Was there a thing that worked? Yes. My cue-sheets, as usual, were a fantastic navigation tool. More so after I added some upgrades like town names in Chinese and general riding directions between major points (e.g. N(orth), NE, ...). A small compass was invaluable in bigger towns, for example I found my way out of Chengdu to Dujiangyan easily, using only the compass. I replaced tent storage bag with a slightly bigger - but not heavier - dry bag (the orange one in the picture). This gave me the opportunity to distribute some of my stuff between two dry bags, with a bit easier access to some things.
Review of the equipment from the 2012 tour
I had the lightest bike so far: 7.3 kg. It had a compact double crankset (50/34) with lowest gearing ratio 34/28=1.21. The bike was performing just fine - I have no real complaints. I had two punctures and I replaced the pedals when the left pedal fell off, but those things were easy to sort out.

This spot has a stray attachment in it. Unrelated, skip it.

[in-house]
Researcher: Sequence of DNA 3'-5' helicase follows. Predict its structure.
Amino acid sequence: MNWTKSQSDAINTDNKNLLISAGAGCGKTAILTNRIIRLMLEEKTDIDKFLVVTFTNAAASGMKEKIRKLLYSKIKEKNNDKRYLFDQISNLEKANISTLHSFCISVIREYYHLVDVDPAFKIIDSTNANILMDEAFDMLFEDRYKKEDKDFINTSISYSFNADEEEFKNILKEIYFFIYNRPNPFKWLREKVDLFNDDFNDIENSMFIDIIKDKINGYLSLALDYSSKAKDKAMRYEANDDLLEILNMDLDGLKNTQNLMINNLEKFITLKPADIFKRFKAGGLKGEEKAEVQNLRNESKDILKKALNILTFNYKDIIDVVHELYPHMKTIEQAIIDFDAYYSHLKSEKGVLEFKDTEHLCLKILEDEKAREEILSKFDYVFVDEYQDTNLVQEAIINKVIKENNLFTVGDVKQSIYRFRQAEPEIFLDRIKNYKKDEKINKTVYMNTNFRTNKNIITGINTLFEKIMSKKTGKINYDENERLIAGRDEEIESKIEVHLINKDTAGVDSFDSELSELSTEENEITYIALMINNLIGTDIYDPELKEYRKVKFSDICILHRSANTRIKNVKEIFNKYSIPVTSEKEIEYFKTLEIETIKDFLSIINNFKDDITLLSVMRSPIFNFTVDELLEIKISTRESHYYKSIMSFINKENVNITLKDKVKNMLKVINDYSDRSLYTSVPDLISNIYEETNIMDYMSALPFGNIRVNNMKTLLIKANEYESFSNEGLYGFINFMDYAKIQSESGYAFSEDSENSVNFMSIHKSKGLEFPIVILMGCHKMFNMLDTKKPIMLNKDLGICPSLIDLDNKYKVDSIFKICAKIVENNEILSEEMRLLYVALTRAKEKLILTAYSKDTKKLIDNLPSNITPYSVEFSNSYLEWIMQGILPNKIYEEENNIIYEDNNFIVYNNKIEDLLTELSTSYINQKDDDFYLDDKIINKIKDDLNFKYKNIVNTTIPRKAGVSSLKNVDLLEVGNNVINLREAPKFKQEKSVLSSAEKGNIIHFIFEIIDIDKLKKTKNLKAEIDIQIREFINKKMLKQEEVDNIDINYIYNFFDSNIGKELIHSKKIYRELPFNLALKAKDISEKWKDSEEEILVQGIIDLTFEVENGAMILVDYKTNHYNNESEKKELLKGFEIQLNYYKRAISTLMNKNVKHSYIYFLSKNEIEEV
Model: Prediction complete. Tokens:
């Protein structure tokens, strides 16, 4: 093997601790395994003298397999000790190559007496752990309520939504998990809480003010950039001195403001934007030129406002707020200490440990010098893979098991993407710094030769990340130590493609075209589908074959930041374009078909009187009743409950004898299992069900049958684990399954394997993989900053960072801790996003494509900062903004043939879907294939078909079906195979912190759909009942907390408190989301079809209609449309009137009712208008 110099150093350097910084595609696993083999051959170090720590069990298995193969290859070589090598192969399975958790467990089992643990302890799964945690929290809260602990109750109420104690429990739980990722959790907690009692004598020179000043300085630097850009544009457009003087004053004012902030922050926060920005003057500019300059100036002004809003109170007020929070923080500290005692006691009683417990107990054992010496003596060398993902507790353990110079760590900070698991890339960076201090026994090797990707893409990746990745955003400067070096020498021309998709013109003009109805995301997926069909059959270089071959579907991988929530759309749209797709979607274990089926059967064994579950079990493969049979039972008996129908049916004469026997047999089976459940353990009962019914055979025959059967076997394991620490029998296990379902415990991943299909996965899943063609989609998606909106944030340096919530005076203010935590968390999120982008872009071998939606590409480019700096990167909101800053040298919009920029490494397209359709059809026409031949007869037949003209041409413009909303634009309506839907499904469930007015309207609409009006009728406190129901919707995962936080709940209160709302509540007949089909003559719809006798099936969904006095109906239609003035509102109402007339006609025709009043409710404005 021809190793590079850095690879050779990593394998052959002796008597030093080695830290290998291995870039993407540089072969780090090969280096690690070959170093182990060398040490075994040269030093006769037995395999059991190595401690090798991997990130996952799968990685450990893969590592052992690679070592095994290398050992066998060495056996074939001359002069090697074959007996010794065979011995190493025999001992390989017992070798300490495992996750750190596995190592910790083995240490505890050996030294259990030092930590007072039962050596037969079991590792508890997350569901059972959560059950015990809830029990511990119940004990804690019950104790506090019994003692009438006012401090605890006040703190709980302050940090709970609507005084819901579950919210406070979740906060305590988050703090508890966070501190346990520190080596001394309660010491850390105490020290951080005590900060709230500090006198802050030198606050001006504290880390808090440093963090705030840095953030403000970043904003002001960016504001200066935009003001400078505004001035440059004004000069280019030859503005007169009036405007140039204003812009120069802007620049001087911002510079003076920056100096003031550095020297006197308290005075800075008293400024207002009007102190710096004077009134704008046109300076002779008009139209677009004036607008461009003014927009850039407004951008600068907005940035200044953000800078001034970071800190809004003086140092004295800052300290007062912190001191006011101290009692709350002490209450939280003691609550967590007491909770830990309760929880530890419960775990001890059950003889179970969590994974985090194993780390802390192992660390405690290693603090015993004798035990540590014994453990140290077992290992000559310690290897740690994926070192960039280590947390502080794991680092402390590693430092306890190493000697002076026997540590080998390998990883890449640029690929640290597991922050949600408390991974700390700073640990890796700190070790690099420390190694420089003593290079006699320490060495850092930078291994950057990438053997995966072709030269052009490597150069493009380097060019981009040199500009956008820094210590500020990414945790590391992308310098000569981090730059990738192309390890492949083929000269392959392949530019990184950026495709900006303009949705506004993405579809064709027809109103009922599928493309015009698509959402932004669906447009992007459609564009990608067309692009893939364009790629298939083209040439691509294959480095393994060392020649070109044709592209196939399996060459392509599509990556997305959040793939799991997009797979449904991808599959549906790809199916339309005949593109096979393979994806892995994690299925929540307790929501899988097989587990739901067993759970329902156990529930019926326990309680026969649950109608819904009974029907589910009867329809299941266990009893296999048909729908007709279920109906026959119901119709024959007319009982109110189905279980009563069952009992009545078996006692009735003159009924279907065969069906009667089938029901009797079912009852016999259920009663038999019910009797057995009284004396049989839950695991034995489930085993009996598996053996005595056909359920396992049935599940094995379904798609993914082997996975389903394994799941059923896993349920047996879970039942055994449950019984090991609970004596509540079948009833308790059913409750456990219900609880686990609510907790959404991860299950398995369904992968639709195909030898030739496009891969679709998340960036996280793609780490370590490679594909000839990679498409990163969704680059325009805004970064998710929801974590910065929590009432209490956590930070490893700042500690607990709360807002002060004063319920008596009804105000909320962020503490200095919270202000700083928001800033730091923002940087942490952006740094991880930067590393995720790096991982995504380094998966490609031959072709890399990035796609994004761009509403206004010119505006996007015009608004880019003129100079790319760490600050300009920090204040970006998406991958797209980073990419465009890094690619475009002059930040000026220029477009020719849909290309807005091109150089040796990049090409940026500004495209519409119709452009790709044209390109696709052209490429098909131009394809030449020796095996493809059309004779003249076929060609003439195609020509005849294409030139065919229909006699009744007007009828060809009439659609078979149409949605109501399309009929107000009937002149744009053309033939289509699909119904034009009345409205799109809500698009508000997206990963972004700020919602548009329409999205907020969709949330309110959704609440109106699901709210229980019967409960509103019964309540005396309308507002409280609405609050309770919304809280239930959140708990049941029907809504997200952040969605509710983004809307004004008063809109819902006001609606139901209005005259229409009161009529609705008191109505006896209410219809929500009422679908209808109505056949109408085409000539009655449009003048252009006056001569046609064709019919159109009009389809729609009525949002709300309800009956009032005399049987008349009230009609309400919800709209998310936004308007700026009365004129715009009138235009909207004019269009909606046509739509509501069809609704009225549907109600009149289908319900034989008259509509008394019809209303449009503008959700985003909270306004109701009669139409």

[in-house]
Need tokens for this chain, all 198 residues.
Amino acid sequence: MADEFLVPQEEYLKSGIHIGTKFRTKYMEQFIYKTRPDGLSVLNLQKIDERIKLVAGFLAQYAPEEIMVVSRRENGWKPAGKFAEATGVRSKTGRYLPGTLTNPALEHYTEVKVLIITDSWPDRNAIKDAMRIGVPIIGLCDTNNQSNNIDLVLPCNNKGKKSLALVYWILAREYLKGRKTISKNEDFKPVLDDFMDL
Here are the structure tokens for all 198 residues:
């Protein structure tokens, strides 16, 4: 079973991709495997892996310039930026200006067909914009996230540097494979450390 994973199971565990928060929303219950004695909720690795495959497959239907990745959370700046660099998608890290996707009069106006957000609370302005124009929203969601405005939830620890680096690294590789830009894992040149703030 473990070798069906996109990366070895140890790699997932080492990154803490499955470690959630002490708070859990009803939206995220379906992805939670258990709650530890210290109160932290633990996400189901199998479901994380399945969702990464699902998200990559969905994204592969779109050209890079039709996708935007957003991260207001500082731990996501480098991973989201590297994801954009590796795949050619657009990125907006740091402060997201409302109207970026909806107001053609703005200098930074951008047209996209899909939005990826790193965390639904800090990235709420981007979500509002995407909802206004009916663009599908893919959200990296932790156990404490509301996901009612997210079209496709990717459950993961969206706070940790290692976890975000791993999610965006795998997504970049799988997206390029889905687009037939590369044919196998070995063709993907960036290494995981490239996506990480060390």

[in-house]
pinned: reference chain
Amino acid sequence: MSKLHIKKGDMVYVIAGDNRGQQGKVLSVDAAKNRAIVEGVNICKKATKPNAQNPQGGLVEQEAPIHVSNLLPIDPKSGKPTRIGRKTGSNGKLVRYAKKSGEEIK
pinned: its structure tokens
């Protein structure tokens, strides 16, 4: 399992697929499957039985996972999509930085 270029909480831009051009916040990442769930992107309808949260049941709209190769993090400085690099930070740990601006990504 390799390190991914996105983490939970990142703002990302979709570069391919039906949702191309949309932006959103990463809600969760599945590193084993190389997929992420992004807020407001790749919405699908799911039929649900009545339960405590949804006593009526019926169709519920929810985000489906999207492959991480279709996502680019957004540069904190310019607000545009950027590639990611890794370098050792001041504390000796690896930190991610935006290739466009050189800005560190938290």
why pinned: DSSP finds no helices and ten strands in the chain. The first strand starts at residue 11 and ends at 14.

Containers. Everything was the same as the last year (see the review below), with just one little (but maybe notable) distinction: to reduce the contact of my thighs with the bag behind the seat, I used a plastic bracket (weighing 12 g) as a spacer. It was tied to the back of the seatpost with duct tape. I used the second bottle cage and bivy's storage bag as a carrier of the rain jacket, arm warmers and gloves.